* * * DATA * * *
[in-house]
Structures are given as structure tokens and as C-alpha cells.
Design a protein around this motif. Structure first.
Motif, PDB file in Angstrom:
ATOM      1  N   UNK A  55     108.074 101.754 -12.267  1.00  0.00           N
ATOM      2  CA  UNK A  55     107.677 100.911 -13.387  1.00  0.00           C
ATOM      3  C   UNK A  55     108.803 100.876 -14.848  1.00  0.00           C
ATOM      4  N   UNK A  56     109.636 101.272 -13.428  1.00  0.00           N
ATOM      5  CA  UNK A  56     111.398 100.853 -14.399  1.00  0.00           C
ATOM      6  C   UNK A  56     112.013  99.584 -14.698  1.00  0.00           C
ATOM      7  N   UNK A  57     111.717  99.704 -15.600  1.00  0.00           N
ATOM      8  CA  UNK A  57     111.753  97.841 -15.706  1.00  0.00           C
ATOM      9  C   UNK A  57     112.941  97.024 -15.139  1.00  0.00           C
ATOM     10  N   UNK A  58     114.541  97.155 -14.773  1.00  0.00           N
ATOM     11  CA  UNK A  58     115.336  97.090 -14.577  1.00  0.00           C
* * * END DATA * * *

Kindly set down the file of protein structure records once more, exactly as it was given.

[in-house]
Structures are given as structure tokens and as C-alpha cells.
Design a protein around this motif. Structure first.
Motif, PDB file in Angstrom:
ATOM      1  N   UNK A  55     108.074 101.754 -12.267  1.00  0.00           N
ATOM      2  CA  UNK A  55     107.677 100.911 -13.387  1.00  0.00           C
ATOM      3  C   UNK A  55     108.803 100.876 -14.848  1.00  0.00           C
ATOM      4  N   UNK A  56     109.636 101.272 -13.428  1.00  0.00           N
ATOM      5  CA  UNK A  56     111.398 100.853 -14.399  1.00  0.00           C
ATOM      6  C   UNK A  56     112.013  99.584 -14.698  1.00  0.00           C
ATOM      7  N   UNK A  57     111.717  99.704 -15.600  1.00  0.00           N
ATOM      8  CA  UNK A  57     111.753  97.841 -15.706  1.00  0.00           C
ATOM      9  C   UNK A  57     112.941  97.024 -15.139  1.00  0.00           C
ATOM     10  N   UNK A  58     114.541  97.155 -14.773  1.00  0.00           N
ATOM     11  CA  UNK A  58     115.336  97.090 -14.577  1.00  0.00           C